After months of debate and rulings and court hearings, the “Deflategate” saga between the New England Patriots, Tom Brady and the NFL might actually be over. Judge Richard Berman has officially nullified Brady’s suspension, announcing on Thursday morning that the four-game punishment had been overturned.
Berman, who has refused to give interviews throughout the legal process, had tried to help the two sides come to an agreement on their own but after hours of interviews and discussions, it became clear to the New York native that he would have to make a ruling on his own. Berman decided whether or not to uphold Brady’s four-game suspension for his alleged involvement in “Deflategate” during last year’s AFC Championship game.
Here’s what you need to know about the long-time judge and some of his most famous cases:
1. Berman Issued a Ruling on Deflategate After the NFL & Tom Brady Could Not Reach a Settlement
NFL Commissioner Roger Goodell and New England Patriots quarterback Tom Brady were back in federal court on Monday for one last meeting before a ruling comes down on the “Deflategate” case. According to multiple media reports the NFL and the NFLPA, who is representing Brady in his appeal of a four-game suspension, could not reach a settlement, requiring U.S. District Judge Richard Berman to issue his own ruling on the case.
Goodell had previously claimed that the only way Brady would be able to see his suspension reduced or overruled would be if he provided new information he had not originally put forth during the Wells investigation. It’s not clear if that actually happened or if it influenced Berman’s ruling.
Both Brady and the NFLPA had made it clear that if the suspension was not overruled they were prepared to take the case to federal court.
2. He Reportedly Requested NY Giants Owner John Mara Appear at the Hearings
NFL Media’s Ian Rapoport reported that New York Giants owner John Mara appeared at the latest hearing for Tom Brady’s suspension appeal at the request of Berman.
It actually makes quite a bit of sense. The case that was filed by the NFL in Judge Berman’s court listed just one party as the plaintiff: The National Football League Management Council. Roger Goodell is not the chairman of the NFL Management Council. John Mara is. So it makes sense that Berman would require the Giants owner to appear in federal court. He was on the paperwork, after all.
There was also this theory from Sports Illustrated legal analyst Michael McCann:
3. He Was Named to District Court for the Southern District of New York in 1998
Berman began his judicial career in the New York State Family Court for Queens County from 1995 to 1998.
On May 21, 1998 he was named, by President Bill Clinton, to a seat on the District Court for the Southern District of New York State. He replaced the seat previously held by Kevin Thomas Duffy and was confirmed by the U.S. Senate on October 21, 1998.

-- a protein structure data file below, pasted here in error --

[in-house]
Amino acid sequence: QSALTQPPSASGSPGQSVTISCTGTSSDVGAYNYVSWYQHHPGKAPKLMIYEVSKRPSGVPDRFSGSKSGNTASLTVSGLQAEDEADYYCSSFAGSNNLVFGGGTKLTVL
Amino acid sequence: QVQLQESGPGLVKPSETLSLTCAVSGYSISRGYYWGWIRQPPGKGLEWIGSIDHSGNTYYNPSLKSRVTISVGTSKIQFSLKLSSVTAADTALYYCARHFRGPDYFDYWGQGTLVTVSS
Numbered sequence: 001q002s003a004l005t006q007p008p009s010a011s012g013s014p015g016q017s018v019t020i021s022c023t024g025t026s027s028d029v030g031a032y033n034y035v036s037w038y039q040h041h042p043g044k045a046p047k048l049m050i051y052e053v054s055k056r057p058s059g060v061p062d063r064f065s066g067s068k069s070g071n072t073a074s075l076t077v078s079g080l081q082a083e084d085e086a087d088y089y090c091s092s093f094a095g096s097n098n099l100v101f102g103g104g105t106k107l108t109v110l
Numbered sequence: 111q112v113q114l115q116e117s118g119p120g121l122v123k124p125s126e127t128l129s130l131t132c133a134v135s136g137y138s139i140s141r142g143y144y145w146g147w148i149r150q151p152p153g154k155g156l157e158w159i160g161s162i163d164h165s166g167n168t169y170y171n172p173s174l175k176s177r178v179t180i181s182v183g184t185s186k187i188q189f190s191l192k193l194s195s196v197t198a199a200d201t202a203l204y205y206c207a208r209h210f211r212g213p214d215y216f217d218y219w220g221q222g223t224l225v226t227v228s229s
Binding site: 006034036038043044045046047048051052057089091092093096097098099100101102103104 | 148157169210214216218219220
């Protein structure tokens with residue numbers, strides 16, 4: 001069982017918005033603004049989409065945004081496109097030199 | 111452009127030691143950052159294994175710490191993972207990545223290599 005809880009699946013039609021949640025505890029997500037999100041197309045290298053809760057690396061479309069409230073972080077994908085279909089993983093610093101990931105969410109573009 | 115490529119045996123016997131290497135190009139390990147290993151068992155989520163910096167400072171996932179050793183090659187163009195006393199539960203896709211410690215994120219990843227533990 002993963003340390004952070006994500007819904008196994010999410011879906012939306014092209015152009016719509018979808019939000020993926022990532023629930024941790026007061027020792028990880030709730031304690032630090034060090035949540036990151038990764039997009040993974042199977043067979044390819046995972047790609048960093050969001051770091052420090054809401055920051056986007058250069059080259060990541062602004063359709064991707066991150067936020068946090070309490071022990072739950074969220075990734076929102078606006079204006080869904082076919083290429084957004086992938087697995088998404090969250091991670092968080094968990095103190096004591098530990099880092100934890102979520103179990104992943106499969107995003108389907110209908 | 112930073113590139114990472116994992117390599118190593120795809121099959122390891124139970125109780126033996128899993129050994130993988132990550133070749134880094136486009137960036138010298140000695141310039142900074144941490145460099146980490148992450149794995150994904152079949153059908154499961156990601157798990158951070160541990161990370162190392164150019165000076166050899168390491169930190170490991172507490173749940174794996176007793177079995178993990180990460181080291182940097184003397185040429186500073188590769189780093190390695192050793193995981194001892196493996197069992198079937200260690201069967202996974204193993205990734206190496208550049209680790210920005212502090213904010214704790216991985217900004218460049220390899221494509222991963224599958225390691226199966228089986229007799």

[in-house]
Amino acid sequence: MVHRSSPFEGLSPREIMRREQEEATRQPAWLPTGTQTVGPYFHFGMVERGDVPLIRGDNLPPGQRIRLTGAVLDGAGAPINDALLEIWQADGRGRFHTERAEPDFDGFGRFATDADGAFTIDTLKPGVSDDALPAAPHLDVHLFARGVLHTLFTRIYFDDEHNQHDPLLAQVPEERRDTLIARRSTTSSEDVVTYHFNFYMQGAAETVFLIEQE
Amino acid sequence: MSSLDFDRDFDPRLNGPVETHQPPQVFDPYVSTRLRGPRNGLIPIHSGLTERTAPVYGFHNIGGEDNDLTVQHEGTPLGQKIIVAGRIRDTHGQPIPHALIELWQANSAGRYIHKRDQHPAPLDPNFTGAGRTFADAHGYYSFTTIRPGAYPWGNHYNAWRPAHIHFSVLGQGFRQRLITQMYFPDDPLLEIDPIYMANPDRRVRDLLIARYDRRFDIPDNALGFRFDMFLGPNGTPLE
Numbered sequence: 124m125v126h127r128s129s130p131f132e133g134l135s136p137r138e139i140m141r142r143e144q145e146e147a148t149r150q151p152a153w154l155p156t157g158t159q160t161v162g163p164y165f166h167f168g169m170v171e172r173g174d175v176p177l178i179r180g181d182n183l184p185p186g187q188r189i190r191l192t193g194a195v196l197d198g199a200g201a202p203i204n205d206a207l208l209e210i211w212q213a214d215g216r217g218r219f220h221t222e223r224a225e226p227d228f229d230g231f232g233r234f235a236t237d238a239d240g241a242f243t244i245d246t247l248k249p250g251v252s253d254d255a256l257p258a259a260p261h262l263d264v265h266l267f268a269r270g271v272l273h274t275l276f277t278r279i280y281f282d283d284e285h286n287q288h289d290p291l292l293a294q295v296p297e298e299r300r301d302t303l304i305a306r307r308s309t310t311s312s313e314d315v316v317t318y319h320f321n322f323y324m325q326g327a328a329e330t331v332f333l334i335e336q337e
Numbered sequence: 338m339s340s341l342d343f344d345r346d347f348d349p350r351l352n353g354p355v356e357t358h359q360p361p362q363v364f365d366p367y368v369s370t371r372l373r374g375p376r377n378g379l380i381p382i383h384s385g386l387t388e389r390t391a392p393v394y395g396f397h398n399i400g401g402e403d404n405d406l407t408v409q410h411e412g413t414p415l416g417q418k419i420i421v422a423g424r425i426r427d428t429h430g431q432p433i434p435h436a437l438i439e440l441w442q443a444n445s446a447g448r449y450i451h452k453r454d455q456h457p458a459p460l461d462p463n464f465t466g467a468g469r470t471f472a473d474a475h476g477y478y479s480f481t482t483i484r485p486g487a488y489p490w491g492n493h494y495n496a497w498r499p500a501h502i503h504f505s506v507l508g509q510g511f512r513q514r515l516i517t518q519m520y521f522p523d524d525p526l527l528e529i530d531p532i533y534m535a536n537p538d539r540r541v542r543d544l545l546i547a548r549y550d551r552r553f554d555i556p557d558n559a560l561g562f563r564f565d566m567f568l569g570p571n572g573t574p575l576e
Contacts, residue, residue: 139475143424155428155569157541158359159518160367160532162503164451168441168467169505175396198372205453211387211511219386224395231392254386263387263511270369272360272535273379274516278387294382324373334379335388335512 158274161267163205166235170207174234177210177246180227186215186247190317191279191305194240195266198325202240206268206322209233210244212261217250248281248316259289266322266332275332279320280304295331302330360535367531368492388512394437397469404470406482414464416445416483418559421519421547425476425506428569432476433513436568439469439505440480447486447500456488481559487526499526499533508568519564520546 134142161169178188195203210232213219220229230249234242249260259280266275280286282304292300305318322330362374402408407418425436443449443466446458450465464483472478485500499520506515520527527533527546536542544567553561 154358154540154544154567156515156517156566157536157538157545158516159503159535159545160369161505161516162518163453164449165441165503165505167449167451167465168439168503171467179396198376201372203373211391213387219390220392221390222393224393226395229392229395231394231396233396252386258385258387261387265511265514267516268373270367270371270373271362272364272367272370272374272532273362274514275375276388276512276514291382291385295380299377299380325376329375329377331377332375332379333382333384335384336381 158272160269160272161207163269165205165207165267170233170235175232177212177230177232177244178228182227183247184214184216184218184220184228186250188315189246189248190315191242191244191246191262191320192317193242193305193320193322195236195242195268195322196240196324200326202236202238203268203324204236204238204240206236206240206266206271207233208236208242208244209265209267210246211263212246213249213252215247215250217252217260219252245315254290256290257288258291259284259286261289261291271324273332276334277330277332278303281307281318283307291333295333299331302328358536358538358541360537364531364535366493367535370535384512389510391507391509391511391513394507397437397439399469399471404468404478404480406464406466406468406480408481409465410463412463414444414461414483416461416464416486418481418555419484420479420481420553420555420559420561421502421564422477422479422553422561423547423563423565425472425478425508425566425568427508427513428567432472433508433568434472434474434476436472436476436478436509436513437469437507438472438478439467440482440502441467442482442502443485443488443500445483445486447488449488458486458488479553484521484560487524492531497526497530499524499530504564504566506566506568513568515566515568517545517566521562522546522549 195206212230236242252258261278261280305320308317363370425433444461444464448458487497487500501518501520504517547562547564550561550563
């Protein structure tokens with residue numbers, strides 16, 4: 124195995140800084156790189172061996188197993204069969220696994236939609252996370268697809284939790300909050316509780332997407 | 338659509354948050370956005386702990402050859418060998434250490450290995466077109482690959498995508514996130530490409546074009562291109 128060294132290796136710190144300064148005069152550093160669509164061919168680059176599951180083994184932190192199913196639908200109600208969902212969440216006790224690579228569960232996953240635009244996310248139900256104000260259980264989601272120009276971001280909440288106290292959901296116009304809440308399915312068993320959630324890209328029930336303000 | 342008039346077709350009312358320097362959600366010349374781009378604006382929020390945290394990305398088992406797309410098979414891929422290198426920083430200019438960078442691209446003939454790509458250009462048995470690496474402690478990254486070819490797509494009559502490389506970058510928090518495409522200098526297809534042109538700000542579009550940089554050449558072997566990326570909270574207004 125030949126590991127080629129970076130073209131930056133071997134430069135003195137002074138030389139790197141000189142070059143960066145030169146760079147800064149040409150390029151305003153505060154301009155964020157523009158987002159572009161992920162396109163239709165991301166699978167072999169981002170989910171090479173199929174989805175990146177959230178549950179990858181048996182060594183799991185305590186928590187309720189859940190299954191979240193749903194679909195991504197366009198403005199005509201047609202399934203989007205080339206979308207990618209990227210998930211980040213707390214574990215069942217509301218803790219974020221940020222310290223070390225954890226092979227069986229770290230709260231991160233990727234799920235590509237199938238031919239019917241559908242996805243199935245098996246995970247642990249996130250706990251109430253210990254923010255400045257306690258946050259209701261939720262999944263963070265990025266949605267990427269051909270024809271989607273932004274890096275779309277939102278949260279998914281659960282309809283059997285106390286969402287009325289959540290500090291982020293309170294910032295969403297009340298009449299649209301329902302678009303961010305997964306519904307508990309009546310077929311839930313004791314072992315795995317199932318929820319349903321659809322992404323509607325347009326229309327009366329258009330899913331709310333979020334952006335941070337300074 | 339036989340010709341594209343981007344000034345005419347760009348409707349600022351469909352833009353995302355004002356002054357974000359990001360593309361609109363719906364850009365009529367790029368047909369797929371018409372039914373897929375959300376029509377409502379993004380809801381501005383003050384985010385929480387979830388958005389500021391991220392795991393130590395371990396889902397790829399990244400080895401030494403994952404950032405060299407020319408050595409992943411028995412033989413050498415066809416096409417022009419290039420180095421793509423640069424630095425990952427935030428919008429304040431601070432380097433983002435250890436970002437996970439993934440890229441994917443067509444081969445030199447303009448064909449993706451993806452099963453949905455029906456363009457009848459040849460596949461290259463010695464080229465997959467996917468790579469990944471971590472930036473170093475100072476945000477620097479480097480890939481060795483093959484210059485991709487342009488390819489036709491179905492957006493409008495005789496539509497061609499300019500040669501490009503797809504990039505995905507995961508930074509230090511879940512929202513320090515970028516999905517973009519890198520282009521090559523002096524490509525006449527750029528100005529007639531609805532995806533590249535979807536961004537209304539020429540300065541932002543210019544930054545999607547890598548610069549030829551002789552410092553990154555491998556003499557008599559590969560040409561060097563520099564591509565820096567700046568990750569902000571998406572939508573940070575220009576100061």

Throughout his career, Berman has also held several lectures around the world, titled the “Rule of Law” and the “Independence of the Judiciary.” He is also the author of “A Team Model to Identify Child Abuse,” “Seven Steps to Protect Children,” and “Community Service for Juvenile Offenders,” published in the New York Law Journal.
4. Berman Previously Worked in Private Practice
After nearly a decade in school, Berman began his career in private practice, working at Davis Polk & Wardwell before becoming an executive assistant to United States Senator Jacob Javits in 1974.
He worked for the Senator for three years before he was named the Executive Director of the New York State Alliance to Save Energy in 1977. Then, from 1978 to 1986, Berman served as General Counsel and Executive Vice President of the Warner Cable Corporation before returning to the private sector once again.
5. He Made Headlines for His Ruling on Dinesh D’Souza in 2014
This isn’t the first time that Berman has spent time in the headlines for a case he’s presiding over. In 2014, the federal judge ruled on the case of conservative pundit Dinesh D’Souza, sentencing him to five years probation after making $20,000 in illegal campaign contributions in 2012.
Berman had this to say at the ruling:
I’m not sure Mr. D’Souza (that) you get it. It’s hard for me to discern any acceptance of responsibility. He’s a talker. In fact, he’s almost a compulsive talker. But I don’t think he’s a listener. I don’t think he’s hearing himself and those around him.
Berman also sentenced Cameron Douglas, actor Michael Douglas’ son, to five years in prison on drug charges before later doubling down on the sentence, calling Douglas “destructive” and “manipulative.”
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